Well, it's official. I've been blogging about people, places, and things I've found helpful in my research for 19 years. Whew! In celebration of the blogiversary, I've compiled a list of 19 ways to enhance your family research(listed in no particular order.)
- DNA Testing--Testing using autosomal and YDNA can bring about research avenues that you might not have ever discovered using only traditional genealogy research. It can help to focus on our blood ancestors path while broadening our family. Many times those cousins you discover thru DNA will have pictures, family memorabilia or stories about our ancestors that weren't passed down in our own line from the shared ancestor. DNA testing mtDNA can also be helpful if you have a specific question about a matrilineal line.
- Read books about social situations--It was helpful for me to learn more about the Tuberculosis outbreak and hospitals when writing about my Cook(e) family. My paternal grandfather's oldest sister's family was almost wiped out during the outbreak in Rutherford County Tennessee. There are also many great books about slavery, women's history, and just about any other social situation you can imagine.
- Explore the Unindexed records at FamilySearch--These are a goldmine. I have bookmarked the Place Catalog Search Results for areas I'm researching so that I can see what is available online at FamilySearch. It makes it feel as if I am at the courthouse browsing thru through the record books. The best part is, no travel, no need to worry about your attire, and no dust.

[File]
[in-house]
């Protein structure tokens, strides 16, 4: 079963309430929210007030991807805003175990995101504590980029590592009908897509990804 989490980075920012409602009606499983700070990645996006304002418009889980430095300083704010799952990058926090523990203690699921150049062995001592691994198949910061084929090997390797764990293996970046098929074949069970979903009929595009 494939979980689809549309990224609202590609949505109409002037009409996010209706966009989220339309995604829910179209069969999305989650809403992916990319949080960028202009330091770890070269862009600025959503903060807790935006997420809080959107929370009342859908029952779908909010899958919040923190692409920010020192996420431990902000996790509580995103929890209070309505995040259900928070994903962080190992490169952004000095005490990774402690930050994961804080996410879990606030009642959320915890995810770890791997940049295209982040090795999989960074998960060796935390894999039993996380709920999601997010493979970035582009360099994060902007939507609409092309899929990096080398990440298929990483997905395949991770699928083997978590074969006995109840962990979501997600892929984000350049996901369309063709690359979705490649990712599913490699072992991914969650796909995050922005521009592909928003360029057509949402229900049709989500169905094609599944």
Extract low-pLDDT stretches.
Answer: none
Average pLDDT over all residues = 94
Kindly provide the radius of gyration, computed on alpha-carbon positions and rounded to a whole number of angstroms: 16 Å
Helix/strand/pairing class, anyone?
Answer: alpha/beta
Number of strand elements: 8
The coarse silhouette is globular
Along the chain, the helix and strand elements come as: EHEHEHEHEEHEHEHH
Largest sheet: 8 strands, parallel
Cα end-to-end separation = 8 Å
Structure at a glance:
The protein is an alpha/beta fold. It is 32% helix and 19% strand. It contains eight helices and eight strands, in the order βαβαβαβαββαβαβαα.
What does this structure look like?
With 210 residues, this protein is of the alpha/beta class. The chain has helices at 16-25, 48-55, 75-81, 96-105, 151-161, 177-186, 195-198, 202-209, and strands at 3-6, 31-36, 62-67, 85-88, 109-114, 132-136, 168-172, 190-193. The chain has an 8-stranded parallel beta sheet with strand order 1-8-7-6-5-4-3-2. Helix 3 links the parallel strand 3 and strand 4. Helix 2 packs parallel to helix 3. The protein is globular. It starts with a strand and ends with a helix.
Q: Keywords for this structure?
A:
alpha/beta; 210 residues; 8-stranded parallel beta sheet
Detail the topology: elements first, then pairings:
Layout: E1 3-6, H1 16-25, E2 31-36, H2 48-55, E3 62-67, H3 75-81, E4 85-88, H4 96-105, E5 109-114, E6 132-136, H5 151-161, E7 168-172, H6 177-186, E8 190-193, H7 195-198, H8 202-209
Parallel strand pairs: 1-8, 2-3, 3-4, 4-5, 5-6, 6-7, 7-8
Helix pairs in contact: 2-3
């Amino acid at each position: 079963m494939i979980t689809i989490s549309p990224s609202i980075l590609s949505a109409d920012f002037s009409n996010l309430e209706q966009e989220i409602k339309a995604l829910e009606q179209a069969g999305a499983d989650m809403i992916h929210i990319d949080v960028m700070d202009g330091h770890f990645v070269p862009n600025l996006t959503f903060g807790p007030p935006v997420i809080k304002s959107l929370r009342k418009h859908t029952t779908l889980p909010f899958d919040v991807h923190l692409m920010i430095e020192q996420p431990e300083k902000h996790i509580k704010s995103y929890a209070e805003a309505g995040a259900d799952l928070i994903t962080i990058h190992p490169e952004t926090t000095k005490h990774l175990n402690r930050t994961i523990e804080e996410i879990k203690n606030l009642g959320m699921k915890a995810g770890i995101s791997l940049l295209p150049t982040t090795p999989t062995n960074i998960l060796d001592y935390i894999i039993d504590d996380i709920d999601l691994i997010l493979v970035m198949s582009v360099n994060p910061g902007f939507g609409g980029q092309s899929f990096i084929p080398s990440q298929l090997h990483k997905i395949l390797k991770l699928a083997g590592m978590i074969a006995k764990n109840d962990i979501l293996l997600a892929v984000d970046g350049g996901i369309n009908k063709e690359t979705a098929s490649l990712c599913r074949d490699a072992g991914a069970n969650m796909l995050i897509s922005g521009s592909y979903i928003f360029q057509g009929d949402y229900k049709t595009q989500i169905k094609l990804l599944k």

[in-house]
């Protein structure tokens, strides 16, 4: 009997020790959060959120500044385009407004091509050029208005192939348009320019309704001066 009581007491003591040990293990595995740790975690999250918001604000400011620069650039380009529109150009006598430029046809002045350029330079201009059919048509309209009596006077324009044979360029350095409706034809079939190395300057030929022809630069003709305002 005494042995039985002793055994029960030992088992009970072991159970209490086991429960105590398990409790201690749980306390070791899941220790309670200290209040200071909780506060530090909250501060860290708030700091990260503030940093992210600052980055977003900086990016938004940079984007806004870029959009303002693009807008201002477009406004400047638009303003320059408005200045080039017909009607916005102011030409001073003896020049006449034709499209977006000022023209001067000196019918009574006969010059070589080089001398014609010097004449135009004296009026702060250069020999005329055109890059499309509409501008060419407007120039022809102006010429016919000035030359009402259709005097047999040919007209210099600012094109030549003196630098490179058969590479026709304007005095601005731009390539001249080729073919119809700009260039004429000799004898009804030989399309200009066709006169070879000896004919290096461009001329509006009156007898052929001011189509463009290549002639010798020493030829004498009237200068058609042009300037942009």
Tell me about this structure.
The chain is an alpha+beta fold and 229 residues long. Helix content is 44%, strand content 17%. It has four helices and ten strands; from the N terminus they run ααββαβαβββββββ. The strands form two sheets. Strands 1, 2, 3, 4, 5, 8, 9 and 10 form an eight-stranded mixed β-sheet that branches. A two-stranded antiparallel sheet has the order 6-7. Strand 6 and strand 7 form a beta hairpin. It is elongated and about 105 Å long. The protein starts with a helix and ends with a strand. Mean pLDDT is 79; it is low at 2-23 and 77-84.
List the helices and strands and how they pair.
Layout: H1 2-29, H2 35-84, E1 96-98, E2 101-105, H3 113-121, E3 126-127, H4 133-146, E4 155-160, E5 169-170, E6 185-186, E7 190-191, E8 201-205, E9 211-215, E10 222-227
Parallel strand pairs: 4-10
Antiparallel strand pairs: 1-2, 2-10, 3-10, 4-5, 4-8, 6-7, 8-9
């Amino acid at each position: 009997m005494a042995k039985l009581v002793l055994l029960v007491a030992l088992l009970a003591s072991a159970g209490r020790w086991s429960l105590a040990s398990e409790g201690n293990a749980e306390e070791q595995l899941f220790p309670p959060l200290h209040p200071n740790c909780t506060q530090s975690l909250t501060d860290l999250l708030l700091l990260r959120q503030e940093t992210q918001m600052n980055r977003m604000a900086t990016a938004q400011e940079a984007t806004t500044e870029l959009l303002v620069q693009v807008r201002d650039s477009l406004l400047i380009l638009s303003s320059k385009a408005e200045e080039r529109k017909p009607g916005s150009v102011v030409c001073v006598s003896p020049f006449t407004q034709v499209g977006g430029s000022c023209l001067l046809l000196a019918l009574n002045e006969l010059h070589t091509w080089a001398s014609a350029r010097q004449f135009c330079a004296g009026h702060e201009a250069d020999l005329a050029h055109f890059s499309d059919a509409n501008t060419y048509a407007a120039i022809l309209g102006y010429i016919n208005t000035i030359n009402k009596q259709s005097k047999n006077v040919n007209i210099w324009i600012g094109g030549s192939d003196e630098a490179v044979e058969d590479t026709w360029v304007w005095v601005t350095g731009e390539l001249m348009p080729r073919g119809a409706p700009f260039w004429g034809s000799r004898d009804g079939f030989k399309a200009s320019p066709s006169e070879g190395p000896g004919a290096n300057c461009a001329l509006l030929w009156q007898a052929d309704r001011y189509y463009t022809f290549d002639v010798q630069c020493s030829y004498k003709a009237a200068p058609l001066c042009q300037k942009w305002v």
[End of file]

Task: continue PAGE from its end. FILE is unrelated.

- Genealogy Education--There is so much out there in the way of education for genealogist. Webinars, Seminars, Books and How To Videos. Many of the libraries and genealogical societies offer free help. I personally love Legacy FamilyTreeWebinars. ConferenceKeeper.org is also great for keeping up with all of the educational opportunities out there.
- Order Document retrieval--There are a good number of document retrieval services offerings. When you think about how much it would cost to travel to a library and/or archives to get copies of the files you need, it's no wonder that there is a market for retrieval. I've discovered so much wonderful information in pension files and copies of other records and often wish I had started taking advantage of these services sooner.